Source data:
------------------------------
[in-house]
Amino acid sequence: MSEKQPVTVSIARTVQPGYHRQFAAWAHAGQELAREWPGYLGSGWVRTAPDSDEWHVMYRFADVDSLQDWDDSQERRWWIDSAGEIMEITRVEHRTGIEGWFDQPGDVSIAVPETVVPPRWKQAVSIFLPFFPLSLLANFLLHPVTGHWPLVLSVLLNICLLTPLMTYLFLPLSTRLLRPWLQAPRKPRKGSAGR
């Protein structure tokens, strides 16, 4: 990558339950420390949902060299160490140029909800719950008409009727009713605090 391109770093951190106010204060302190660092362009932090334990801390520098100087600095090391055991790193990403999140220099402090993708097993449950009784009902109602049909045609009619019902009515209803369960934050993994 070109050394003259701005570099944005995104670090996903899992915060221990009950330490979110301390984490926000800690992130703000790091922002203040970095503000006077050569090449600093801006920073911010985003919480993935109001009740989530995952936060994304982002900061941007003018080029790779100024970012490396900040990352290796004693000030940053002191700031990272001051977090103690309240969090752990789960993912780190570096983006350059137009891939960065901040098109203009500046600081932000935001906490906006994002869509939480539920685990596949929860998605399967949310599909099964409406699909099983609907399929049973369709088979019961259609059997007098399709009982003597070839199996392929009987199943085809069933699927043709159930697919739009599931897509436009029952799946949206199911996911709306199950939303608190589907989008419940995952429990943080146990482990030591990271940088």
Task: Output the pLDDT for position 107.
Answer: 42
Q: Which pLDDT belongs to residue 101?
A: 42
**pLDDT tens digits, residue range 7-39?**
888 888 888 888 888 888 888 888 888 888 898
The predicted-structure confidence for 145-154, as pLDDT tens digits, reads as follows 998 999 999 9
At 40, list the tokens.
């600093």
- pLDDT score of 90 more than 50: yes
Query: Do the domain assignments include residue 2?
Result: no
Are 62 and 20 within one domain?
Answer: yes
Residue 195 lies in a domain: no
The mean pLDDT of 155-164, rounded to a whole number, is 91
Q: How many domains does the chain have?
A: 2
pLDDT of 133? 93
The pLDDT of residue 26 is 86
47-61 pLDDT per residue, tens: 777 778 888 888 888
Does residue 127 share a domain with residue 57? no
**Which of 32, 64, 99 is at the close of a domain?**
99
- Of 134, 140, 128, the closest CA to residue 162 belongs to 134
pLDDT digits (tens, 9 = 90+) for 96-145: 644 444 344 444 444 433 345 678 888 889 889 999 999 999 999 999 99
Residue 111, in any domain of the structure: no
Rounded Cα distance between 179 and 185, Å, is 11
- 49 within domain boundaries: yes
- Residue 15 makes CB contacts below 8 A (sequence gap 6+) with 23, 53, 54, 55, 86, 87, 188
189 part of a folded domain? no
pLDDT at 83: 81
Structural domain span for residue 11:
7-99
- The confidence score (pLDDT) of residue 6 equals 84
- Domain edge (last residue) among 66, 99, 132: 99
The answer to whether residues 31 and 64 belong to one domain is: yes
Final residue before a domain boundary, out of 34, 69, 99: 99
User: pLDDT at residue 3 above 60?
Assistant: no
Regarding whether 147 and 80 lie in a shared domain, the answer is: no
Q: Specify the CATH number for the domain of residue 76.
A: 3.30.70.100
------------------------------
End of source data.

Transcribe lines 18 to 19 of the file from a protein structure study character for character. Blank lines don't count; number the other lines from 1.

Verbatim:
Residue 195 lies in a domain: no
The mean pLDDT of 155-164, rounded to a whole number, is 91